@wag2639 You're not really doing anything by changing a service's port number but making a script-kiddie find a slightly better script. War-dialing a block of IPs and ALSO portscanning every single port is trivial. –  msanford Jun 27 '10 at 22:53
add comment

Using odd port numbers is no security at all unless you're waging the fact that it's allowing you to run your application as a non-root user.

This sort of thing can be considered as security by obscurity but it's not actually security.

share|improve this answer
    
Are there any alternatives to using a full-blown VPN then? Perhaps some kind of reverse web proxy that has extra login/password protection? (squid doesn't do this) –  SofaKng Jun 9 '10 at 16:35
    
@sofakng: you may be interested in a SSL wrapper like Stunnel:stunnel.org –  Maxwell Jun 9 '10 at 16:42
add comment

You can also use an ssh tunnel if you're using Linux on both ends:

ssh -f -N -L 9090:localhost:9090 user@remote-host

For example, that is what I use to forward port 9090 on the remote host to my local port 9090 for cherokee-admin, and I use similar setups for other web GUIs. You can protect applications in this way by specifying in the app configuration that they only run on localhost, i.e. on 127.0.0.1. In this way they aren't reachable from outside, but you can forward them with ssh. Check man ssh for more options using port forwarding (including X, which might solve your problem in another way entirely.)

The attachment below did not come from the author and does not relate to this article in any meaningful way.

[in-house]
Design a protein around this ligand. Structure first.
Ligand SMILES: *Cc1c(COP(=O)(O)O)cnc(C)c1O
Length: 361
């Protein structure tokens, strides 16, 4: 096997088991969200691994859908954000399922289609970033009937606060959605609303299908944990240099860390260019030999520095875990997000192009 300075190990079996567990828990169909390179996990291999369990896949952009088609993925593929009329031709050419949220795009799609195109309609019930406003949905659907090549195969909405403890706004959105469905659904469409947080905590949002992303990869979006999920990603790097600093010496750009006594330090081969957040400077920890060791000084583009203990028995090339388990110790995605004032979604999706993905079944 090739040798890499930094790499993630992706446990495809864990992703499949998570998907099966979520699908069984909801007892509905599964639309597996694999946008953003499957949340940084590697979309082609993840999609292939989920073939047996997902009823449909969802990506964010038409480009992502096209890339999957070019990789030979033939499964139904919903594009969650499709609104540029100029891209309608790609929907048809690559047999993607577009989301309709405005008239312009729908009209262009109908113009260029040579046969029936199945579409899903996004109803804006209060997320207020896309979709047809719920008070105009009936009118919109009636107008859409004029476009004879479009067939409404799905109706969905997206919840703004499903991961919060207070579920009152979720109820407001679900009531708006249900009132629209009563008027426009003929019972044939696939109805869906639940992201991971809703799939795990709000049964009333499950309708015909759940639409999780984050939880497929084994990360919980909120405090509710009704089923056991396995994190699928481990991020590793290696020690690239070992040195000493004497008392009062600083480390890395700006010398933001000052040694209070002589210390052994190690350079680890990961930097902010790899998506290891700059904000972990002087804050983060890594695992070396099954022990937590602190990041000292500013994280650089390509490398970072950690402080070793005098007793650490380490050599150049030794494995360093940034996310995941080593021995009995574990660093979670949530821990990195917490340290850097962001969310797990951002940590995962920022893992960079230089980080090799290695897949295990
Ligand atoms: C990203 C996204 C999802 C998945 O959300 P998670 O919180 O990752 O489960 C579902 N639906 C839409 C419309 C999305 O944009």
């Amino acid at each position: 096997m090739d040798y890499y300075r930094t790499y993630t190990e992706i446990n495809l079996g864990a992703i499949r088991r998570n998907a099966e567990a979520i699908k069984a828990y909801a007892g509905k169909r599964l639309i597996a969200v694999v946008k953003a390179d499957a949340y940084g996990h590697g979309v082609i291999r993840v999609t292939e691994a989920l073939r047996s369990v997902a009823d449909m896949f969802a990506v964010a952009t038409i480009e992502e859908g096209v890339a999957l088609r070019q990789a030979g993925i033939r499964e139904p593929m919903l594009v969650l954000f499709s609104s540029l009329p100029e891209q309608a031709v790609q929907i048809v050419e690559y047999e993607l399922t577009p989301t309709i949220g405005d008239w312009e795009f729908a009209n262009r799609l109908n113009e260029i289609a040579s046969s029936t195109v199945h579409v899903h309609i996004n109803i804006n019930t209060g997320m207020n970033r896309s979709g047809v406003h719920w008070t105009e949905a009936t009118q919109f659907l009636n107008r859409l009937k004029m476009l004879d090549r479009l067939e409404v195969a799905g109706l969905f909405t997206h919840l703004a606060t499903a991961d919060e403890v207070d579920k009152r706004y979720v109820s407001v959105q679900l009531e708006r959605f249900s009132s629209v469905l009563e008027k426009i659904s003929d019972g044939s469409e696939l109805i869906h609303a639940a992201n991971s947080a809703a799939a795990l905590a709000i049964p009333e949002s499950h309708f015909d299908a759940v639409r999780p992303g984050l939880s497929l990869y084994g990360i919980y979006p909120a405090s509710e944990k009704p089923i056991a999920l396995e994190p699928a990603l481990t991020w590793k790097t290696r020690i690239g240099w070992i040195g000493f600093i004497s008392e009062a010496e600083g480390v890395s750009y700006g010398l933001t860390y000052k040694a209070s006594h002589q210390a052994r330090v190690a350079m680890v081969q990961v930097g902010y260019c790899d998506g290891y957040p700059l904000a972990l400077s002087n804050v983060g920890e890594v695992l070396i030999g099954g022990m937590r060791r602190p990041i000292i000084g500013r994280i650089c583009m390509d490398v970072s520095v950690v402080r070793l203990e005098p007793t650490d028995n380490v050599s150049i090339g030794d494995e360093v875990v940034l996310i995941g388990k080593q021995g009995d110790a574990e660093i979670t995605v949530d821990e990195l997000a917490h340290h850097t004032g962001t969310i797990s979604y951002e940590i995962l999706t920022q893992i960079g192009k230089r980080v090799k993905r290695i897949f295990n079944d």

This might be a suitable way to achieve your goal without installing / configuring additional software, depending on your setup.

share|improve this answer
add comment

If your firewall permits it you can make the authentification happen at the firewall level first, if your passwords complexity is good enought, that should enforce the security of the services exposed. you can also use SSL tunneling using for example stunnel and mutual auth.

Considering the fact that using higher ports number is more secure, in a certain way, maybe in reference to bots scanning your IP and trying some exploits, but if someone wants really to breack in, using higher ports numbers will not provide an increased security.

share|improve this answer
    
I'm using pfsense and some of my web services have built-in SSL (HTTPS) support. Is it still better to use stunnel? Is using stunnel the "authentication at the firewall" level? –  SofaKng Jun 9 '10 at 16:48
1  
How do you do "authentication at firewall"? –  wag2639 Jun 9 '10 at 18:36
    
I don't know if pfsense has that functionnality but, on Junipers routers you can use local users (even RADIUS) to grant access to HTTP translated traffic. Concerning Stunnel you can use mutual auth with certificates, stunnel will encapsalute the HTTP traffic with SSL and handle the authentification. –  Maxwell Jun 10 '10 at 7:24
add comment

Your Answer

 
discard

By posting your answer, you agree to the privacy policy and terms of service.

Not the answer you're looking for? Browse other questions tagged or ask your own question.